During the gold rush of yesteryear, treasure seekers had to sift through a great amount of riverbed sediment for the desired golden nuggets. No one would ever consider hauling a ton of silt and rock to the bank–even if it contained the gold. That extra stuff was unnecessary and unhelpful.
Life comes at us much faster than the flow of a river. Change is everywhere. There are many pressure points shaping the face of the Church.
As we examine books, attend conferences, listen to podcasts, and read blogs, we must learn to pan for gold. Such is the way of the wise Kingdom steward. Too many people believe they must collect every piece of sediment that comes their way. We need the golden nuggets that will apply to our contexts.
This means we not only expose ourselves to the right resources, but we understand our contexts–not the context of the presenter, not the context we would like to have.
Sometimes you have to sift through a great deal of unnecessary and unhelpful stuff to find the gold. Grab a pan!
I have discovered that every community in the United States has the most:
Unchurched per capita
Lost per capita
Homosexuals per capita
Atheists per capita
Muslims per capita
Agnostics per capita
Income per capita
Poverty per capita
New Age book stores per capita
Satan worshipers per capita
Witches per capita
Pot smokers per capita
Foreign-born per capita
Elementary school kids per capita
High school kids per capita
Stay-at-home moms per capita
Divorce rates per capita
Meth users per capita
Depression diagnoses per capita
Strip clubs per capita
In the past fifteen years of talking with other pastors, denominational leaders, and definitely church planters, I have encountered we have the most…per capita a gazillion times.
I am sure some of these statements were based on actual community facts.
What does it mean, if you tell me you have the most per capita and a month later someone in another location tells me the same thing, only to be followed by a similar statement by someone else in another location?
Answer: We evangelicals have the most members per capita who use the words, “per capita”.
Next month, I plan to launch “Strike the Match.” Each episode of this podcast will address matters related to missions, innovation, and leadership issues. I recorded this video for you, providing some details. Check it out! Please share with others!
If you caught my most recent interview with the guys at Salty Believer or my recent tweets, then this post will not come as a surprise.
I am working on three books for this year–two are already written, one I am presently editing. I am incredibly excited about each of these books.
Strike the Match: Reflections on Mission, Innovation, and Leadership is scheduled to be published in May. Check out the cover HERE. This self-published work is a collection of my thoughts over the past five years. It is written in a very informal style, divided into three sections (mission, innovation, leadership), and unlike any of my previous books. If you enjoy what I write at Missiologically Thinking, then you will like this book.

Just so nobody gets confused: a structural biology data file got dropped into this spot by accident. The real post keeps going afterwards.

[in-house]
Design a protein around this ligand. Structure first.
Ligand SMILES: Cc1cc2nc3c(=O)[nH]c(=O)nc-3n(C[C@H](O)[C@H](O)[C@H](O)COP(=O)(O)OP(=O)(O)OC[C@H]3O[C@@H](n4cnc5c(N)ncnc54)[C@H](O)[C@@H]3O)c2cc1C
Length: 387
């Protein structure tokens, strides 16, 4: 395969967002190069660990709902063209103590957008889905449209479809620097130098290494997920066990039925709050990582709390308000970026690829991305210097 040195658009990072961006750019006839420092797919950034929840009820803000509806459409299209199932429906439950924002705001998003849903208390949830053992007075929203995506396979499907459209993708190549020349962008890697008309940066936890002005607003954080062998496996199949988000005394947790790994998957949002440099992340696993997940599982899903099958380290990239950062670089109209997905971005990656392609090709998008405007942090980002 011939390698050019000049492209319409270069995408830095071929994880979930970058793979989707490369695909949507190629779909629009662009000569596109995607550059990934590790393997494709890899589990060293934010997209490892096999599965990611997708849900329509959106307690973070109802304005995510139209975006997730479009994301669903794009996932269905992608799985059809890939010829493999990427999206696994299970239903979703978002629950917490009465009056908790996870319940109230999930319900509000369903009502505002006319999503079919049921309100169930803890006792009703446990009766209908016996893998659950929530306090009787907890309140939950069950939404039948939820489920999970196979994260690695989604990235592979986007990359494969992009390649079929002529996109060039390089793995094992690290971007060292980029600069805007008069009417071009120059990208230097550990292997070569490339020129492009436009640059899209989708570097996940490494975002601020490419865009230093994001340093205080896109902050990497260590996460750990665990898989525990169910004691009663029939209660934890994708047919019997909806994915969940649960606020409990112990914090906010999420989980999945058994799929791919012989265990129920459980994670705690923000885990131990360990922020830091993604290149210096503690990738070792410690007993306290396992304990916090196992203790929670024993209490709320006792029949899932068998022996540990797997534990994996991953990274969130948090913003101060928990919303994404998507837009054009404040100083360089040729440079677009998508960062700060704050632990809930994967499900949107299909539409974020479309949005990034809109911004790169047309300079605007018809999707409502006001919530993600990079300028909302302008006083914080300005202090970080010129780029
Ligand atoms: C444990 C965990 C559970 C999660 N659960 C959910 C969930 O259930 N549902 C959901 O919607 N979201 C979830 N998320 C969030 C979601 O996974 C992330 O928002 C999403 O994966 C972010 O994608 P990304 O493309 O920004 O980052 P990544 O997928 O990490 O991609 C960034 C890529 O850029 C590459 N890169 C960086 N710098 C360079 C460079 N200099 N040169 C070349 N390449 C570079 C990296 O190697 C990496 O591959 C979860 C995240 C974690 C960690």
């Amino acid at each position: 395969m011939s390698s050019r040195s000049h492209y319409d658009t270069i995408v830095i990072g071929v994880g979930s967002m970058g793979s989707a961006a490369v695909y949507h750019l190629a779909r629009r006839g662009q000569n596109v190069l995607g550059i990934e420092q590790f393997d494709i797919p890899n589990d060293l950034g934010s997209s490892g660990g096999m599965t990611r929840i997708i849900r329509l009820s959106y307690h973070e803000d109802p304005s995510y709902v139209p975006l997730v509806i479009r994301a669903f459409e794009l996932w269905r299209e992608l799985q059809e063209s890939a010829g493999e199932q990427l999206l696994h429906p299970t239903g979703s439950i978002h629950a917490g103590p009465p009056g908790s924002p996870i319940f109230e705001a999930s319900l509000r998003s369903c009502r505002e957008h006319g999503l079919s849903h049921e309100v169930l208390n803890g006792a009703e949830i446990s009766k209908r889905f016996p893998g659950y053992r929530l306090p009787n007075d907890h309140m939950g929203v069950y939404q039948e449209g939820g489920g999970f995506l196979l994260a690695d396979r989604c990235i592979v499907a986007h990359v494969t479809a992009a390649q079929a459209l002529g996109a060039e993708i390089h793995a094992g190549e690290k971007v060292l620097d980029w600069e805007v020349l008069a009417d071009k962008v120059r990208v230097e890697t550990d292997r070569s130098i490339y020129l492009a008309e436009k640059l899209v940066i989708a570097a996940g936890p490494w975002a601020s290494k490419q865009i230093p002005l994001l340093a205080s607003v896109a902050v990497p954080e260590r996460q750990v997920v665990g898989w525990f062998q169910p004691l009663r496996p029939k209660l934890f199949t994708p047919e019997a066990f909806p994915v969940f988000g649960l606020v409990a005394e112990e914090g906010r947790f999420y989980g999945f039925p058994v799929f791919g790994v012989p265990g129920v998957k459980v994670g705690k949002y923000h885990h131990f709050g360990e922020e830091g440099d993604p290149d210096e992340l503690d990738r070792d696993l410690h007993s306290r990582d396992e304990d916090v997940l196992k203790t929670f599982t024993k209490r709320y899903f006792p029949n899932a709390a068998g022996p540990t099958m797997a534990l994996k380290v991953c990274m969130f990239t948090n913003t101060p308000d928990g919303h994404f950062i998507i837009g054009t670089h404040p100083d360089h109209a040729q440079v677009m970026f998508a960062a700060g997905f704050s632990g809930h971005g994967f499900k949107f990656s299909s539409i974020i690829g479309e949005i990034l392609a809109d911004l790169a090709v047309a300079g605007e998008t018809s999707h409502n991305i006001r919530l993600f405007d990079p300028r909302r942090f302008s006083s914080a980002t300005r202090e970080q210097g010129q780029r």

Apostolic Church Planting: Birthing New Churches from New Believers is scheduled to be published in October with InterVarsity Press. Building upon my other two church planting books (Discovering Church Planting and The Barnabas Factors), this book makes a strong appeal for doing evangelism among unreached peoples that results in new churches. Judge this book by its title and subtitle. It is a concise work, containing a great deal of material (including visuals) not found in my other writings. While it is written to compliment my other church planting books, I believe it is my most important church planting work to date.
The Ministry of Expansion by Roland Allen (title to be determined) is being published by William Carey Library. Last summer, Hubert Allen (grandson of the late Roland Allen) contacted me about an unpublished manuscript written by his grandfather in the 1930s. The manuscript has been resting in a dusty box at Oxford. Roland Allen, best known for Missionary Methods: St. Paul’s or Ours? and The Spontaneous Expansion of the Church, had a great deal to say about the non-ordained and the administration of the Lord’s Supper on the mission field. He put many of his ideas into The Ministry of Expansion. If you are an Allen fan, interested in missions and ecclesiology, then you will want to check out this work that few people have read. I am editing this project. It will include some outstanding contributions by Hubert Allen and other international Roland Allen scholars.
In addition to these projects, I am hoping to release another free ebook. If so, it will be out this summer and written to pastors about leading their churches into a world where they themselves cannot go. If you caught my presentation in New Orleans last year, then remember when I spoke of standing on the bridge–to give you the idea behind this project.
Please pray for me as I work on these projects. Once they are published, my desire is that you would read them and help spread the word about these books. I am not just filling space when I write: I deeply appreciate you reading my books, sharing your reviews at Amazon, et. al., and telling others about them. It is truly an honor. You could be reading other material and doing other things. You could be talking to others in your social networks about other resources. Thank you for your support and encouragement; it means more than you realize.